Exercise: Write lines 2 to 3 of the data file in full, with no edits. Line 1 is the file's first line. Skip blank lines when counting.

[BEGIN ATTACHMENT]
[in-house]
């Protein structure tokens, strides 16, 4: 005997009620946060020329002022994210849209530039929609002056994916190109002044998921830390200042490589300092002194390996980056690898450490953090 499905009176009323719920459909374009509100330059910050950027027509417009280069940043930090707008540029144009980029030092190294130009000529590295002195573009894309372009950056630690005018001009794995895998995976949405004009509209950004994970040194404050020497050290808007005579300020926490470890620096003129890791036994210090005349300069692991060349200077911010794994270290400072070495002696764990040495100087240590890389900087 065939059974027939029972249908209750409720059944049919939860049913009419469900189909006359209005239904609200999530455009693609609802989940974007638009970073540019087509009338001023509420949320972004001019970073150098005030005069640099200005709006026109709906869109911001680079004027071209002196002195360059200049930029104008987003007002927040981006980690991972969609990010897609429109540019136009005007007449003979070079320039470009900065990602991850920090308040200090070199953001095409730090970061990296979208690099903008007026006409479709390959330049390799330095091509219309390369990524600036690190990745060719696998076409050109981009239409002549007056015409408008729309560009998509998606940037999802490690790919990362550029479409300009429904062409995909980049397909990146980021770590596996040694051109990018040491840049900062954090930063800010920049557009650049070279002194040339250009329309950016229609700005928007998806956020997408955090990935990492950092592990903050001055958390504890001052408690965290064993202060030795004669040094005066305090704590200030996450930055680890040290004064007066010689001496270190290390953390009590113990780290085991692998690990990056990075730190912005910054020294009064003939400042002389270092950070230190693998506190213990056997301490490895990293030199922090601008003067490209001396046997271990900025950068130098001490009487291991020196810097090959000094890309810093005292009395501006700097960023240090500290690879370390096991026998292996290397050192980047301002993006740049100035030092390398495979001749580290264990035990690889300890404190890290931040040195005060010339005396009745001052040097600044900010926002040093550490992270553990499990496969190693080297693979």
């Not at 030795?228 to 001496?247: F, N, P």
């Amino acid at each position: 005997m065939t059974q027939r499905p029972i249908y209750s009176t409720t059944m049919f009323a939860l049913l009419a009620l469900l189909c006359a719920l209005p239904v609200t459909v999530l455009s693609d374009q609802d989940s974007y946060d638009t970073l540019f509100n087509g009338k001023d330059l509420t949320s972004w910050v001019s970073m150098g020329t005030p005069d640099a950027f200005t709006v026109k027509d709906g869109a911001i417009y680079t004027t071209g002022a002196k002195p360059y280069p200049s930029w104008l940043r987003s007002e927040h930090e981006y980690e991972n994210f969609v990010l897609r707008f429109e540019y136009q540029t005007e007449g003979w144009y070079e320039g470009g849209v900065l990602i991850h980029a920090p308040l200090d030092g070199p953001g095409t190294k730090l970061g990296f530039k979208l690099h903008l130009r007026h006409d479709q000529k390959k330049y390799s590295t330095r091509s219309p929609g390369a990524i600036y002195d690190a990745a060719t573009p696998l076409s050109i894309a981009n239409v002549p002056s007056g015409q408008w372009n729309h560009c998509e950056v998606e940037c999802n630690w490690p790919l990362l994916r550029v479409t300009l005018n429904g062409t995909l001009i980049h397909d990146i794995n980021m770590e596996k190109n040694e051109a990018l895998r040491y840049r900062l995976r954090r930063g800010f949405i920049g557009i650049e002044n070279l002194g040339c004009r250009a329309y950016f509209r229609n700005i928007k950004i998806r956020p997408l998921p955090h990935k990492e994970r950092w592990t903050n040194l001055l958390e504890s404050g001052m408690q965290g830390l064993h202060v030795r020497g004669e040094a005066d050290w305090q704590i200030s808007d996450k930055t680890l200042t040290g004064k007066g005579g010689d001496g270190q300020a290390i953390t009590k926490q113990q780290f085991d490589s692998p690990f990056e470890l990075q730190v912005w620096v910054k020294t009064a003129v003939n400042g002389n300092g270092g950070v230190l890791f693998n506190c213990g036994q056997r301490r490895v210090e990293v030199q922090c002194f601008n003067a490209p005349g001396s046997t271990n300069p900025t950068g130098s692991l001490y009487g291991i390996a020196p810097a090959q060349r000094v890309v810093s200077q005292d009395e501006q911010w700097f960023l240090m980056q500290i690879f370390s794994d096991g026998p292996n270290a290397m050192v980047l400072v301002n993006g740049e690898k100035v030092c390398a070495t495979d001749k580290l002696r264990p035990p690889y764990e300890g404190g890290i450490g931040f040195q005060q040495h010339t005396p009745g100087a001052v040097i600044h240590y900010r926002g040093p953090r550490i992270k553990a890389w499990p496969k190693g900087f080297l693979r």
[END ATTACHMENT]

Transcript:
């Protein structure tokens, strides 16, 4: 005997009620946060020329002022994210849209530039929609002056994916190109002044998921830390200042490589300092002194390996980056690898450490953090 499905009176009323719920459909374009509100330059910050950027027509417009280069940043930090707008540029144009980029030092190294130009000529590295002195573009894309372009950056630690005018001009794995895998995976949405004009509209950004994970040194404050020497050290808007005579300020926490470890620096003129890791036994210090005349300069692991060349200077911010794994270290400072070495002696764990040495100087240590890389900087 065939059974027939029972249908209750409720059944049919939860049913009419469900189909006359209005239904609200999530455009693609609802989940974007638009970073540019087509009338001023509420949320972004001019970073150098005030005069640099200005709006026109709906869109911001680079004027071209002196002195360059200049930029104008987003007002927040981006980690991972969609990010897609429109540019136009005007007449003979070079320039470009900065990602991850920090308040200090070199953001095409730090970061990296979208690099903008007026006409479709390959330049390799330095091509219309390369990524600036690190990745060719696998076409050109981009239409002549007056015409408008729309560009998509998606940037999802490690790919990362550029479409300009429904062409995909980049397909990146980021770590596996040694051109990018040491840049900062954090930063800010920049557009650049070279002194040339250009329309950016229609700005928007998806956020997408955090990935990492950092592990903050001055958390504890001052408690965290064993202060030795004669040094005066305090704590200030996450930055680890040290004064007066010689001496270190290390953390009590113990780290085991692998690990990056990075730190912005910054020294009064003939400042002389270092950070230190693998506190213990056997301490490895990293030199922090601008003067490209001396046997271990900025950068130098001490009487291991020196810097090959000094890309810093005292009395501006700097960023240090500290690879370390096991026998292996290397050192980047301002993006740049100035030092390398495979001749580290264990035990690889300890404190890290931040040195005060010339005396009745001052040097600044900010926002040093550490992270553990499990496969190693080297693979």
């Not at 030795?228 to 001496?247: F, N, P």